Courageous Leadership: The Hero Just Might be You

Like a spotlight cutting through darkness, courage shines brightest in the presence of fear. It’s easy to boldly march forward when we’re filled with confidence, and the way forward is fairly smooth. It takes real courage — and strong leadership — to navigate our way when we’re full of negative fantasies and everything seems to be against us. True courage is to master, rather than be mastered by, our fears.

Victory in difficult circumstances starts with our own victory over self. The best way out of a tough situation is by working through it. Thucydides, the ancient Greek historian and the author of the History of the Peloponnesian War (covering the battle between Sparta and Athens from 431 to 404 B.C.), declares, “But the bravest are surely those who have the clearest vision of what is before them, glory and danger alike, and yet not withstanding go out and meet it.”

The word “courage” is a Middle English word derived from an Old French word for “heart.” Aristotle taught that courage is the foundation of all human virtues because it makes the others possible. It starts with accepting we’re free to choose our life. We have the freewill to define who we are. We aren’t stuck with our circumstances. We may not choose what happens to us, but we choose what to do about it.

Freedom isn’t easy. It requires us to take responsibility for our actions. Sometimes we want to escape from freedom. It can be hard to accept responsibility for the life our choices have created. It’s easier — and popular — to blame fate, luck, or others for where we are. We can create elaborate defense and avoidance mechanisms to hide from the tough issues and sidestep making the changes we know deep down we should be making. But that’s just existing. It’s not really living. We can become a prisoner in a jail we’ve built.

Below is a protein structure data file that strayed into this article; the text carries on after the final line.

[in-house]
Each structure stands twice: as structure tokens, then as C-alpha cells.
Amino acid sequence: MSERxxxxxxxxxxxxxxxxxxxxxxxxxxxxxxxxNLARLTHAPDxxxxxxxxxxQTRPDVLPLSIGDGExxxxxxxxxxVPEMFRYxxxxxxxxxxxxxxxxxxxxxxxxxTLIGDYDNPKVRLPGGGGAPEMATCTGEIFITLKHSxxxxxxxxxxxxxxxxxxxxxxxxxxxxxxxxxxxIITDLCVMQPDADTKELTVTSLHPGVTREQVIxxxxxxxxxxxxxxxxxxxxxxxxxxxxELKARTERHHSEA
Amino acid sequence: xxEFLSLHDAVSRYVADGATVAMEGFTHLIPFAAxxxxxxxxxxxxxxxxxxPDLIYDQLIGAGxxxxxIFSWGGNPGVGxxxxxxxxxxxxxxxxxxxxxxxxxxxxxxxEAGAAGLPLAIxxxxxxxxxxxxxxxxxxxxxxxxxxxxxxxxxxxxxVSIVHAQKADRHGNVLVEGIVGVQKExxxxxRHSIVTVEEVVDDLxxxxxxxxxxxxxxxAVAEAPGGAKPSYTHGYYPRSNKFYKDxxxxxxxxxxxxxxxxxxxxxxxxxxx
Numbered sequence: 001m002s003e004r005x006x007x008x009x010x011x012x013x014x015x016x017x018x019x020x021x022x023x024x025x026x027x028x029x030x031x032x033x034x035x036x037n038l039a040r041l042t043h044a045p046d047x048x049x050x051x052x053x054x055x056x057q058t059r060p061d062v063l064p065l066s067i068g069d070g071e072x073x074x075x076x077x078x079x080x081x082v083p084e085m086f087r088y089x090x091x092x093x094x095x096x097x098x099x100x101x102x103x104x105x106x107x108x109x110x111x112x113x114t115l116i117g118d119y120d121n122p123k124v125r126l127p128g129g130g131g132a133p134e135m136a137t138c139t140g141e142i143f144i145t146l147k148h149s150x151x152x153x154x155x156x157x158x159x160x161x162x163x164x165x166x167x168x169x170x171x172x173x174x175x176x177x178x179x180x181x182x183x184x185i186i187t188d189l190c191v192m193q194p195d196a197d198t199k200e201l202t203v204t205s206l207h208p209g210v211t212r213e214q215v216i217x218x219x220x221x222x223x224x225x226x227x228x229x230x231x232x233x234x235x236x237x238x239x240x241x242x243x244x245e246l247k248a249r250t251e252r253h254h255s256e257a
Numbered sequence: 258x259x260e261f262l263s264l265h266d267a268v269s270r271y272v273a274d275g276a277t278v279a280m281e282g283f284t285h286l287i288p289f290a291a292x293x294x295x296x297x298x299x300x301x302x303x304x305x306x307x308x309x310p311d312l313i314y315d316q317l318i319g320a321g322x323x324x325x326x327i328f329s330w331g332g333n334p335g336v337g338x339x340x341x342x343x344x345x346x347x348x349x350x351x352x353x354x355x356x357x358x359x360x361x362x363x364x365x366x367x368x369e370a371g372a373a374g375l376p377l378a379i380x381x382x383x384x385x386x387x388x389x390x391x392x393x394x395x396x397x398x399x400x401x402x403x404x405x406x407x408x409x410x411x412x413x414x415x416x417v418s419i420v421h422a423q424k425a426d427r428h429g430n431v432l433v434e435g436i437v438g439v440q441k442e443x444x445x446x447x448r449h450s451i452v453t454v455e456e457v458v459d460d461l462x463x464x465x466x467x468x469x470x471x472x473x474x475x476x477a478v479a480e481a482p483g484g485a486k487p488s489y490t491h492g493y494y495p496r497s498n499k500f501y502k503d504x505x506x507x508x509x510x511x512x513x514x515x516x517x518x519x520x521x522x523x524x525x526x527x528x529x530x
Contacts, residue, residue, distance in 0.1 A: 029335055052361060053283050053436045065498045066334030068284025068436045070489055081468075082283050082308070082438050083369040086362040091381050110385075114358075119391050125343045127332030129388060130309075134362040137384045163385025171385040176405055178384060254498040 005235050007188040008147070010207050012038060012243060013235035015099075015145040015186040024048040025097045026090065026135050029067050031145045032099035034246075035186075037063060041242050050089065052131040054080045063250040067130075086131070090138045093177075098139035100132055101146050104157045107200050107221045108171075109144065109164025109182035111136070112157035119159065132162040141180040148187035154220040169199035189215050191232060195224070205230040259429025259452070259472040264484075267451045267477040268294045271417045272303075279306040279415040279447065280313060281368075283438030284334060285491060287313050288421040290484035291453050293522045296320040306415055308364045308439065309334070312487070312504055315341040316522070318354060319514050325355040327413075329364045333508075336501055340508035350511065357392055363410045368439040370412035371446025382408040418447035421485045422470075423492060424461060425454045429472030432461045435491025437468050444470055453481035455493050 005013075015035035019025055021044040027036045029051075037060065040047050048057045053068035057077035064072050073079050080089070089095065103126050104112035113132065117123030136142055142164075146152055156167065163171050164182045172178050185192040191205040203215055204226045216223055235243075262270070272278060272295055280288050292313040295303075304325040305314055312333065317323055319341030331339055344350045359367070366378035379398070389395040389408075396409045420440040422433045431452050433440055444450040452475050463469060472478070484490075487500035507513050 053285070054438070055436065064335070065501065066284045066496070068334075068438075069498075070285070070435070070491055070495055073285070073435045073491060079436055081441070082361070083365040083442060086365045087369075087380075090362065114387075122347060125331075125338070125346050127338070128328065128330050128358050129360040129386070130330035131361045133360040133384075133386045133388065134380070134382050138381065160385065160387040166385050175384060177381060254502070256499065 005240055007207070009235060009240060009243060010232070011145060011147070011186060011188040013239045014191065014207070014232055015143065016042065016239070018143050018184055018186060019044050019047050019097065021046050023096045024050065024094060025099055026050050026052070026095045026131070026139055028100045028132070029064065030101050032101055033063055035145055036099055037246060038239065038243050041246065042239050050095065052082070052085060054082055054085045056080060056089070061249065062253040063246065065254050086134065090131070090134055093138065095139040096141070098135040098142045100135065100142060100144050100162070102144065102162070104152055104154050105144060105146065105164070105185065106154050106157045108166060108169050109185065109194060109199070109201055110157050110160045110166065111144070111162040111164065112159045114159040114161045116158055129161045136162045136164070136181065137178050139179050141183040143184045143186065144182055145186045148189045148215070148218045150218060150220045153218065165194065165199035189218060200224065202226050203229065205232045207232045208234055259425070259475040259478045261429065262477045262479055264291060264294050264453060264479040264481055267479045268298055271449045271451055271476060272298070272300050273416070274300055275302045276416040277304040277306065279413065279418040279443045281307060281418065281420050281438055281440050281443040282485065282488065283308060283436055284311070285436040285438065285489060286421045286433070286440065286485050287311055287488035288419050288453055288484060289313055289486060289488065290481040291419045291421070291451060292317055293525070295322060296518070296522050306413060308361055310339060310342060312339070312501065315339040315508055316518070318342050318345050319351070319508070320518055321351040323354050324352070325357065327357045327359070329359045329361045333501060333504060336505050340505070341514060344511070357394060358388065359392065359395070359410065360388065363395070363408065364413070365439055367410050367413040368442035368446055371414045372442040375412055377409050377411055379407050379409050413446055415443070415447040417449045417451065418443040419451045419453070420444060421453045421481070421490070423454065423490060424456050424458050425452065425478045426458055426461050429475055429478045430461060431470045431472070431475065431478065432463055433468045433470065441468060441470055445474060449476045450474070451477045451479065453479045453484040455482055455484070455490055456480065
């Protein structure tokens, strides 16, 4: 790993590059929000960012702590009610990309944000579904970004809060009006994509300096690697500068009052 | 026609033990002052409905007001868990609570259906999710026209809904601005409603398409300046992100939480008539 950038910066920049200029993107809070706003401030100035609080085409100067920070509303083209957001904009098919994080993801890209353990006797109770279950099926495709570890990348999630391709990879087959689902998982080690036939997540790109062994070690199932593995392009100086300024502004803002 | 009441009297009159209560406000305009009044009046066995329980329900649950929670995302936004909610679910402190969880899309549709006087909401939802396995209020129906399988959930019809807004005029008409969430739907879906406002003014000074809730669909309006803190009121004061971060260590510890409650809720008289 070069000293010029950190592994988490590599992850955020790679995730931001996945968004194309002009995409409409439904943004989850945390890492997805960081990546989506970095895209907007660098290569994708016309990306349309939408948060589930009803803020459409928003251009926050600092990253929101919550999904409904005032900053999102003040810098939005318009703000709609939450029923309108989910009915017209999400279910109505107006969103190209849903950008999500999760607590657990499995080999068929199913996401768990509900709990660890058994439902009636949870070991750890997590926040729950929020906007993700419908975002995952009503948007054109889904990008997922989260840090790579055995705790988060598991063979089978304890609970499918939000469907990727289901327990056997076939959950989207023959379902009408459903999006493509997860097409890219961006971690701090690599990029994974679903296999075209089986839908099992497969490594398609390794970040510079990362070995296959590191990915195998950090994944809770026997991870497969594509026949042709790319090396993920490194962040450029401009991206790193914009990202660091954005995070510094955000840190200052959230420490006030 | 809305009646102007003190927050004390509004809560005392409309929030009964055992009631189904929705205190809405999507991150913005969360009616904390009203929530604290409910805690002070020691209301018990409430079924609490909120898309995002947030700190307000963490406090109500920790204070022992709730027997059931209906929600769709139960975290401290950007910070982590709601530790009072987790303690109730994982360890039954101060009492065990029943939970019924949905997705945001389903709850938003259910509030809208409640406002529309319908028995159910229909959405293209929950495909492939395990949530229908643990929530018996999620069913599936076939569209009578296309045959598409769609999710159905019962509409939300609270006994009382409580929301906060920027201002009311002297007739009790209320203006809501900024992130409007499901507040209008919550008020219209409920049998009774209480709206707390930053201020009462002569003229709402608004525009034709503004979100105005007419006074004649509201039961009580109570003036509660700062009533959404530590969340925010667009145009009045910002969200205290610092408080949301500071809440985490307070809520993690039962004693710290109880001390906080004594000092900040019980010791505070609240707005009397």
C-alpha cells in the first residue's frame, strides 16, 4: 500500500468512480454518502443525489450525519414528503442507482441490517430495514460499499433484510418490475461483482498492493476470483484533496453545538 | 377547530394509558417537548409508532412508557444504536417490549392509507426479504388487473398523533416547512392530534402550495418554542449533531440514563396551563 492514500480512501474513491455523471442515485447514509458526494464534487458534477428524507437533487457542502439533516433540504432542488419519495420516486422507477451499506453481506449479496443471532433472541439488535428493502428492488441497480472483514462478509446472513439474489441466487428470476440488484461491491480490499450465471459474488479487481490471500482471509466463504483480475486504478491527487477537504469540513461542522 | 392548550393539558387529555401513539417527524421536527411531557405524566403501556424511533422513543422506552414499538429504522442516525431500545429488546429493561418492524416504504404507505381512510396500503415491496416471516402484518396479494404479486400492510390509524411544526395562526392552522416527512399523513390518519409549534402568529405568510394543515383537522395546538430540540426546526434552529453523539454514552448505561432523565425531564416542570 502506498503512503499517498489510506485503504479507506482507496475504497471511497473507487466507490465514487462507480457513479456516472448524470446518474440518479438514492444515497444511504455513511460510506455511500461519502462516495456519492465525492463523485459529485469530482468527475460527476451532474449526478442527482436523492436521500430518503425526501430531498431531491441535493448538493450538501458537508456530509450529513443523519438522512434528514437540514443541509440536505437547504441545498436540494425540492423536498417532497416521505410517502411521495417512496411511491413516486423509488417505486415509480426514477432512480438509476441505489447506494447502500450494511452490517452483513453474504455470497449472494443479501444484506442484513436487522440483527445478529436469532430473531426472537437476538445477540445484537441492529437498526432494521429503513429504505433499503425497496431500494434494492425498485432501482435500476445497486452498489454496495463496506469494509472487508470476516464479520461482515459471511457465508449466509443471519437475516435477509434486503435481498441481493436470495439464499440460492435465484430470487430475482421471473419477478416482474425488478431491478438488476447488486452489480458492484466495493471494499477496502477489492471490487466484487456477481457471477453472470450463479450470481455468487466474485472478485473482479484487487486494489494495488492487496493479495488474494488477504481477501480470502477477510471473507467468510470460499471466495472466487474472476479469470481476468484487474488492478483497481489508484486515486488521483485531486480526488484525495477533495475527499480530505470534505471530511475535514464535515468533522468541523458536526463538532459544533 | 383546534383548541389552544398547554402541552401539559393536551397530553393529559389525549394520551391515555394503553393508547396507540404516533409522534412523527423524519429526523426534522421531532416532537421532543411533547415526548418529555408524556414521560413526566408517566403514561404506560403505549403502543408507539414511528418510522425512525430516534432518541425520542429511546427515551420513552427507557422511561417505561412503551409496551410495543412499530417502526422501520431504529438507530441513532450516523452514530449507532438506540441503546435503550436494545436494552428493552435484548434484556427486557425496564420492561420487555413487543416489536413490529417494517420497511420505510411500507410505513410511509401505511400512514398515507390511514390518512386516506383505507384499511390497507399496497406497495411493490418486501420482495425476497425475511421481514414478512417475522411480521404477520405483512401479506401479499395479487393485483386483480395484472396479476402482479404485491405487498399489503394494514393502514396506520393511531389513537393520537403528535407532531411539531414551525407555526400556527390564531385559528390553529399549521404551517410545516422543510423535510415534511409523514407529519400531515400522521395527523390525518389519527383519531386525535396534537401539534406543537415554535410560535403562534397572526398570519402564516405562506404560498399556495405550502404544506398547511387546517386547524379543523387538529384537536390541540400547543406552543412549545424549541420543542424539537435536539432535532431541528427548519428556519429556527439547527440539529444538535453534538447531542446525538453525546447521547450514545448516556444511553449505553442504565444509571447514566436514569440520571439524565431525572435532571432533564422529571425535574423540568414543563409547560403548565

Tomorrow we publish my September blogs in the October issue of The Leader Letter. This month’s issue focuses on courage. This counterbalances last month’s focus on fear. Courageous leaders face their fears. It’s difficult — if not impossible — to build a values-centered team or organization in a culture of fear. Courageous leaders stand up and speak their truth. Courageous leaders also sit down and listen.

Courageous leadership can be as simple — and as difficult — as initiating a tough conversation rather than sending an e-mail or text. The sparks of minor conflicts, feedback, and smaller issues can be fanned into roaring fires by electronic exchanges that should have been personal conversations. Courageous conversations are difficult to have — especially if they’ve been uncomfortable or unsuccessful in the past. It often takes courage to have tough discussions instead of sending a text or e-mail. But the price of typing rather than talking can be misunderstanding and damaged relationships. And it erodes our courage foundation.

As Waylon Jennings sang, “Some things come in small packages; Sometimes heroes do too; If you have the courage and you have the heart; The hero just might be you.”